After Pam rejected my proposal for a partnership between LBS and BUDL, fired Deverick (a member of our executive board) and Chris Baron (a dedicated ally to LBS and co-founder of BUDL) we decided that we needed to build the infrastructure for a debate program of our own.  What is insulting about the idea that we were boycotting BUDL is that it assumes that we are initiating an act of aggression toward BUDL.  In actuality we were building our own program in response to BUDL rejecting an equitable partnership. We are not interested in being upset with BUDL, we just want to build a grassroots entity that can help to produce world class scholars and advocates.  We want the power and control that all people are entitled to as it relates to the institutions in their communities.


One thing that many of you may be thinking is “not all the youth in Baltimore are Black. What about non-Black students?”  Contrary to what you might think our debate pedagogy has been used and deployed by debaters of many different racial and ethnic backgrounds.  Our summer camp has attracted students from other racial and backgrounds.  We focus on Black empowerment because we are in a majority Black city that has issues that are specific to Black people, but other groups have been able to study our struggle for freedom and used it as a template for developing their own liberation strategies.  The Black Panther Party for Self Defense would join forces with organizations like the Brown Berets, the Puerto Rican Lords, the Red Guard and Students for a Democratic Society in multiracial coalitions that respected the cultural autonomy of each group.  The need for multi-racial coalitions does not require that we reject calls for independent Black institutions for the purpose of inclusivity.  In fact it is quite the opposite; we cannot have genuine inclusivity unless we have organizations and institutions that will allow us to participate in these coalitions from a position of strength, and not dependence on the goodwill of others.  This does not exclude youth who are non-Black; instead it gives them a grounding that allows them to truly understand what social justice is really about.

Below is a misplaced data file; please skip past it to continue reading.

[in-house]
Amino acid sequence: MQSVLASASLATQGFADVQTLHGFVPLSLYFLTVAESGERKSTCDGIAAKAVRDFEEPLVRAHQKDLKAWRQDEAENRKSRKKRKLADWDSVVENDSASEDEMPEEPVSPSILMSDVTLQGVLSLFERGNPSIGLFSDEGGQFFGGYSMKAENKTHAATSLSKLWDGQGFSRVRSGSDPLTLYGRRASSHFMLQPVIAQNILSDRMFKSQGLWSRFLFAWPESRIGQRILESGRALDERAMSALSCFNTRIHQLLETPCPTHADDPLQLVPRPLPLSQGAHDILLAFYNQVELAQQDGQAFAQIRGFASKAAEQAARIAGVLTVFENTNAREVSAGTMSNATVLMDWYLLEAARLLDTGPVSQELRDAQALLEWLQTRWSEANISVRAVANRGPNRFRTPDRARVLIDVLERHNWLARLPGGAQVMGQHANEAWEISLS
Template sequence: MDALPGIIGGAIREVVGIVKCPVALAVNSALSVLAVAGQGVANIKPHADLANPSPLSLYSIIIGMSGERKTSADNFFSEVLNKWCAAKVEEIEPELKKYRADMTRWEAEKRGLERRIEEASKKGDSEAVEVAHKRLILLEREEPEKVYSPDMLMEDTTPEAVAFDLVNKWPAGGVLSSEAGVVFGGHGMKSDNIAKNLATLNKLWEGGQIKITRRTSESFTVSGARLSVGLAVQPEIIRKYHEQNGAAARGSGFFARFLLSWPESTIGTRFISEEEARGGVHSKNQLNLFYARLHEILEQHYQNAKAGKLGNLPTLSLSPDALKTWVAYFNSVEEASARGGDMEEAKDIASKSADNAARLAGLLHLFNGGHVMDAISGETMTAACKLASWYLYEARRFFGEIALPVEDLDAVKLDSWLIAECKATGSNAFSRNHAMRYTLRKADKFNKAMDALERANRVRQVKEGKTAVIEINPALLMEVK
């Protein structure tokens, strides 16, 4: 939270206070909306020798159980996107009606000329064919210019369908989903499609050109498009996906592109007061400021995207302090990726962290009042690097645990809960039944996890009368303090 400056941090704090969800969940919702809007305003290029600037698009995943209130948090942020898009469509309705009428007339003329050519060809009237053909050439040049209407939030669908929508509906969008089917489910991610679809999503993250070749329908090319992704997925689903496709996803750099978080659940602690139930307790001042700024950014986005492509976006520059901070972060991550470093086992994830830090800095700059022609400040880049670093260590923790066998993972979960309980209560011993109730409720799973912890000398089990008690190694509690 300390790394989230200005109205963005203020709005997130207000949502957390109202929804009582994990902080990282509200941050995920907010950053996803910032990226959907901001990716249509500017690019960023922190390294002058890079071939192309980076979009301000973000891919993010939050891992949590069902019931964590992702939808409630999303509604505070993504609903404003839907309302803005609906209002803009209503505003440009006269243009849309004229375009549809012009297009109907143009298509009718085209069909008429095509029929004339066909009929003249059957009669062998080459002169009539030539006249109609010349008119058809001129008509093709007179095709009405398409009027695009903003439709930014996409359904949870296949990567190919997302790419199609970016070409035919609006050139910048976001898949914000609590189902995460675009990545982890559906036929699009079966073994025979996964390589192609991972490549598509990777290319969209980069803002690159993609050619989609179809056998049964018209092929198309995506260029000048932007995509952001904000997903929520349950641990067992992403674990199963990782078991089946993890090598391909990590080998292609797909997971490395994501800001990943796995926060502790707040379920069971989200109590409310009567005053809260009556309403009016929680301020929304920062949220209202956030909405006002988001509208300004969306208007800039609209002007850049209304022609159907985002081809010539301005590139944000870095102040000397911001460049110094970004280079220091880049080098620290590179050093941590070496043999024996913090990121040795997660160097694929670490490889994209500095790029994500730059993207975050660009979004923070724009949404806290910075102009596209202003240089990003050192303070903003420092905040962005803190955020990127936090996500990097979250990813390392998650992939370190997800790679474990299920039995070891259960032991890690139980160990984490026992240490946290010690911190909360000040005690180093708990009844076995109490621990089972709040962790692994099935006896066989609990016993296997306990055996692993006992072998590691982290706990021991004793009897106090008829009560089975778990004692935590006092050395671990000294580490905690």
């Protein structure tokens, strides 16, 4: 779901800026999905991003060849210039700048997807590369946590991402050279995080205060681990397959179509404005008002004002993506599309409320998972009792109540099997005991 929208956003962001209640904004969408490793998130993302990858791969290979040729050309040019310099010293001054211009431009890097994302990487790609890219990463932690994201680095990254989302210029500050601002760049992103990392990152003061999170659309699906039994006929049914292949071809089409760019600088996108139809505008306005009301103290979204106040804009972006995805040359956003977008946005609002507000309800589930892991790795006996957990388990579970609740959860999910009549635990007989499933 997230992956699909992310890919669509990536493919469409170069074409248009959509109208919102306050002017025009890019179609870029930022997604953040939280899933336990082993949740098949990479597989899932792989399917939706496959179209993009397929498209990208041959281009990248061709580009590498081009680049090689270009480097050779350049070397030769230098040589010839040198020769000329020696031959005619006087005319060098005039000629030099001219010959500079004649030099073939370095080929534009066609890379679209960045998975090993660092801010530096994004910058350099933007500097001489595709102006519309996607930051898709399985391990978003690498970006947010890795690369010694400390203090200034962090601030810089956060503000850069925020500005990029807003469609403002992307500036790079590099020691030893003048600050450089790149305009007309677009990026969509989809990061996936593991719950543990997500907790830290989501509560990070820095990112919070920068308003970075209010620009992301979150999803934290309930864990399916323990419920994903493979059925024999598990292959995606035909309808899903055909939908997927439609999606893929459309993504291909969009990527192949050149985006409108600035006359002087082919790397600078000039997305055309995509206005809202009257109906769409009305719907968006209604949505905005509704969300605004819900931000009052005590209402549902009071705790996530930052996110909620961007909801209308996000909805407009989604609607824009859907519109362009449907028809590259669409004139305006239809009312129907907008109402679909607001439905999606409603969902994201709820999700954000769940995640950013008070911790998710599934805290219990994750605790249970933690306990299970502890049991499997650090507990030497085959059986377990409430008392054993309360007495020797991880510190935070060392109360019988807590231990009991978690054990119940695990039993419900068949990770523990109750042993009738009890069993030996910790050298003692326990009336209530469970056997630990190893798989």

This is me (third from the left) receiving an award at BUDL Tournament (circa 2002).